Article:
Roenesha Anderson, 30, grew up inside a vortex of family turbulence. At one point, both of her parents were incarcerated, she says, and she was eventually adopted by an aunt.
"My (biological) mother had six kids and my dad had eight," she said. "When it fell apart, we scattered around Chattanooga.
" I lived in a chaotic environment. We normalized struggle, overworking and disease. I grew up in a culture that says that is the way it's supposed to be. But I always had a special intuition, thinking 'this is not right.'"
Today, Anderson is a Chattanooga yoga educator who has dedicated her professional life to sharing the benefits of yoga practice with young women of the inner city. Her non-profit organization called Girls Stance is aimed at middle- and high-school girls growing up in urban environments who stand to gain physically and spiritually from learning about yoga.
"It was birthed in my own experience of growing up in an intense environment," she says. "Finding yoga helped me maintain ease and become more productive."
Anderson says she was introduced to yoga several years ago while she was still working at Cigna, and yoga became her respite from the stresses of the job. In 2011, she began practicing yoga at Toes Yoga on Brainerd Road.
"I had carpel tunnel (syndrome) and chronic anxiety," Anderson recalls. "After I went to my first (yoga) class, I left feeling a bliss I had never experienced before. I had so much clarity when I left class. I felt lighter."
Immediately, she began to think that yoga would be a beneficial stress reliever for young people in high-stress neighborhoods, she says.
After a time, Anderson says she was encouraged to train to become a yoga instructor, and she got a scholarship that helped make her yoga education possible. She trained for about eight months, gaining confidence along the way.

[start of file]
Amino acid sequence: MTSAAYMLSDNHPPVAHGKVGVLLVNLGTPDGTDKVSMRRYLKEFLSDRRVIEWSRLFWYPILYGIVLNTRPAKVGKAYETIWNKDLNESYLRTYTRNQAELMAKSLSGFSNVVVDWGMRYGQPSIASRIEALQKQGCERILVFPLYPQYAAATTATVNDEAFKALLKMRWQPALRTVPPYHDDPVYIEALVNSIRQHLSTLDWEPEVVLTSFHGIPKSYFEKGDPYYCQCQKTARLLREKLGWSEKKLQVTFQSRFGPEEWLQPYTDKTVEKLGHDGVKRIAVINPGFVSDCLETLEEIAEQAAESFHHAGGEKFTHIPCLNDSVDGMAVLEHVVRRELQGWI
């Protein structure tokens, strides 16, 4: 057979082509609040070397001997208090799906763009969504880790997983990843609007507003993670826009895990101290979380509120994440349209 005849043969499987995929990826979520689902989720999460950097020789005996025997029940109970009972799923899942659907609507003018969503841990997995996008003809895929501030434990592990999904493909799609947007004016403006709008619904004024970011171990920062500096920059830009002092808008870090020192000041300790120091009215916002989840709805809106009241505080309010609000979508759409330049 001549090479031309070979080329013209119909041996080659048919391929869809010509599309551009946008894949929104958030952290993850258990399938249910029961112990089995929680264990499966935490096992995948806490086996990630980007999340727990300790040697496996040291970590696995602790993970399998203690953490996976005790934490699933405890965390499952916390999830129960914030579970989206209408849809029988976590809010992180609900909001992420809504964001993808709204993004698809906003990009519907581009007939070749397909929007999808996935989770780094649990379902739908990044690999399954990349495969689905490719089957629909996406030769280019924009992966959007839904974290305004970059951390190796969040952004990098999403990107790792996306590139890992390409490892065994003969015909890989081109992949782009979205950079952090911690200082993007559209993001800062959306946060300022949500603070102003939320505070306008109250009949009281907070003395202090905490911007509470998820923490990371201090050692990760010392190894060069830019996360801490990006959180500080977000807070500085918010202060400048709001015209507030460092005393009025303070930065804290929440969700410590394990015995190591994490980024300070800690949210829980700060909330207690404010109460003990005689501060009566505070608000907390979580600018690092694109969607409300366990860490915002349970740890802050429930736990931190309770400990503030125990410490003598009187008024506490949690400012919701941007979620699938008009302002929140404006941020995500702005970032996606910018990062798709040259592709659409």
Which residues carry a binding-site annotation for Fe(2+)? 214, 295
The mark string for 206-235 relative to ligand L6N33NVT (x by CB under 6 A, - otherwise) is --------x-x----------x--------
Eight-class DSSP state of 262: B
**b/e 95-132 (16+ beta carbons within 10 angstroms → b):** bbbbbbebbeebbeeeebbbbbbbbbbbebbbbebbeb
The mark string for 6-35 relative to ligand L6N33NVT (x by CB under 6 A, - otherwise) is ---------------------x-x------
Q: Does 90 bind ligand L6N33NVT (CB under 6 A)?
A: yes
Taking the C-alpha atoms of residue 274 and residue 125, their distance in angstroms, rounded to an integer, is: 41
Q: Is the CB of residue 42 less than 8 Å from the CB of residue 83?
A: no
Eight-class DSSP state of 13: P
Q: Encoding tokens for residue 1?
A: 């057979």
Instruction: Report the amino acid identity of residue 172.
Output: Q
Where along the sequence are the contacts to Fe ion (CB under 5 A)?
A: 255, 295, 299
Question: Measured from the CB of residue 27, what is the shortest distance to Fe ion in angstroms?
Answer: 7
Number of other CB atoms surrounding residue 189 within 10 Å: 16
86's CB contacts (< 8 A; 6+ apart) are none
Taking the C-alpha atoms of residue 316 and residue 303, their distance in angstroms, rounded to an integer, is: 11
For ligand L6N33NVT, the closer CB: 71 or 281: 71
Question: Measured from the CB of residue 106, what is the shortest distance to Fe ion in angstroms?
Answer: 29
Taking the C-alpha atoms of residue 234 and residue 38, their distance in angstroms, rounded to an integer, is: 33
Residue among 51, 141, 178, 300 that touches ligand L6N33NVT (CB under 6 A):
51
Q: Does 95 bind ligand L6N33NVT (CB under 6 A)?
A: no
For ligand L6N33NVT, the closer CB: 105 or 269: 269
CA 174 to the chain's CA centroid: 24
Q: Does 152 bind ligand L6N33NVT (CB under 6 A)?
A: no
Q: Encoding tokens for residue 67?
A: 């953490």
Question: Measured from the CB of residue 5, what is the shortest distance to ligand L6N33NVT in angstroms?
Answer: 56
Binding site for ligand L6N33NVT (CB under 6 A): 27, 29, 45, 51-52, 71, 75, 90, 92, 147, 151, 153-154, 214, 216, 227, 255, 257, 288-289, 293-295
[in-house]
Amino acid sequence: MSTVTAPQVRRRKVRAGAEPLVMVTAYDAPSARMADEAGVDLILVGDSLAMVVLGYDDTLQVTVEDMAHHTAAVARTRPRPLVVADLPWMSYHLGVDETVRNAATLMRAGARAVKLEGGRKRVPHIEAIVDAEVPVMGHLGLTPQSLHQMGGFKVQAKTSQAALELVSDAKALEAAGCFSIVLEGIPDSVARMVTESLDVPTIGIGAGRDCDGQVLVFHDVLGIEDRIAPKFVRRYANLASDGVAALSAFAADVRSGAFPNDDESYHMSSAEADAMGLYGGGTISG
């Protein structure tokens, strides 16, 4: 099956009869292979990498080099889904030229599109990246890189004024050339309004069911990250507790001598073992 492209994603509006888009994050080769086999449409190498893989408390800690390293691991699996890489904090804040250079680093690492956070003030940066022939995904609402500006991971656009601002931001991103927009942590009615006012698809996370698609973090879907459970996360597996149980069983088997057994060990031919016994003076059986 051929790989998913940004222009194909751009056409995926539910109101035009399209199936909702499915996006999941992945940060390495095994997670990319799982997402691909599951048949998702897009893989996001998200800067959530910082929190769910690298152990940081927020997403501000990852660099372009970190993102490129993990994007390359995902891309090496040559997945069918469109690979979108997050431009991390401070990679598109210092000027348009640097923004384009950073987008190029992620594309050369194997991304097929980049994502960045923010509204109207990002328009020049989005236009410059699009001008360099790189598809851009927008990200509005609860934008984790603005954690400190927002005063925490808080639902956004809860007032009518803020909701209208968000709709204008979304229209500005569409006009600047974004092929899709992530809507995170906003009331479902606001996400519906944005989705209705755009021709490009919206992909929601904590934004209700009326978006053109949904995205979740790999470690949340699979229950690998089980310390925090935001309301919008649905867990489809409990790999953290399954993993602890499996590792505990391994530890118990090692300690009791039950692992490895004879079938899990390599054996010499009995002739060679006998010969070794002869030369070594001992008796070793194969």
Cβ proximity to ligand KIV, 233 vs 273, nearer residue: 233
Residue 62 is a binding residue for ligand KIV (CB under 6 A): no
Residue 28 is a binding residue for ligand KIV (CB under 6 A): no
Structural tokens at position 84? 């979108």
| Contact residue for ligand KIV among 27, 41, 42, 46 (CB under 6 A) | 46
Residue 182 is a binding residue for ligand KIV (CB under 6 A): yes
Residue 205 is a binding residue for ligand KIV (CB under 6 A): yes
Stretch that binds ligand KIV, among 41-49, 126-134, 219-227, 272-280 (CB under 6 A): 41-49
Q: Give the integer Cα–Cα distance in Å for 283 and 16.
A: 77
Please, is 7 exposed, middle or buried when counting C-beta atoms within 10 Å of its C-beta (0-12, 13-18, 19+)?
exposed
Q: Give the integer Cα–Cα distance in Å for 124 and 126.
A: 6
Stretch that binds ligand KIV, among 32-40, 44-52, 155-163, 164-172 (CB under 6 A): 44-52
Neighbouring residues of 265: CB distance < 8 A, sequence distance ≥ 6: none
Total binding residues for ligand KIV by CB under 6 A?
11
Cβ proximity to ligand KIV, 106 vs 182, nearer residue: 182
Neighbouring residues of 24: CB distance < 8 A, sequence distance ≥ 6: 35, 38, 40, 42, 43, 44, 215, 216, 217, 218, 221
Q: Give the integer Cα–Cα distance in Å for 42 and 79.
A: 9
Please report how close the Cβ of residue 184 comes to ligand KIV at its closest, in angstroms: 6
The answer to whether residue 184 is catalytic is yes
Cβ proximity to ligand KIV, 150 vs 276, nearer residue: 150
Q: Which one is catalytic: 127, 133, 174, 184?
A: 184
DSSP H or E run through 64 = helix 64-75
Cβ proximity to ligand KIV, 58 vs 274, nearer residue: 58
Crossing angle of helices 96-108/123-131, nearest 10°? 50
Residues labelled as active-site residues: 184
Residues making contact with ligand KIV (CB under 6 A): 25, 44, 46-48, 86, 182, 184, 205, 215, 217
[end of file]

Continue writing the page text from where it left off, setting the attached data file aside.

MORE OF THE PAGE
"In yoga school I began to learn about myself," she says. "It changed my life. It changed my emotional intelligence. It changed my life financially."
A full-time yoga educator now for four years, Anderson has private clients and leads group practices, many involving young women. Her business is called Roe Lashay Yoga, and she specializes in mindfulness training as well as teaching yoga postures.
Meanwhile, her Girls Stance program is aimed at steering middle-school girls toward lower-stress lifestyles. To jump-start the process, Anderson takes the girls on camping outings and takes away their cell phones. There's nothing relaxing about anxiety-inducing social media, she argues.
"We give them nature therapy," she explains of the camps. "We take away their cell phones and put them in tents."
Ultimately, Anderson says she hopes to groom high school girls to become Girls Stance "ambassadors," spreading the benefits of yoga throughout the school population by becoming instructors themselves.
* Age: 30
* Hometown: Chattanooga
* Job: Yoga educator
* Business name: Roe Lashay Yoga
"Girls are more prone to environmental stress," Anderson explains. "Yoga changes your posture and how grounded you are. Kids can lead their peers and communities to more peace and kindness."
Anderson first began her educational outreach at East Lake Academy two years ago. She says she is in talks to push her program to area such as the Chattanooga Girls Leadership Academy, Brainerd High School and Red Bank High School. Several local yoga studios have offered to provide space for the program, she says.
Anderson says her own personality transformation help her spread the word about the benefits of yoga. As a young woman, she was withdrawn and anxious, she says. Now she is always smiling and feels grounded.
People noticed. And they are eager to share her bliss, she says.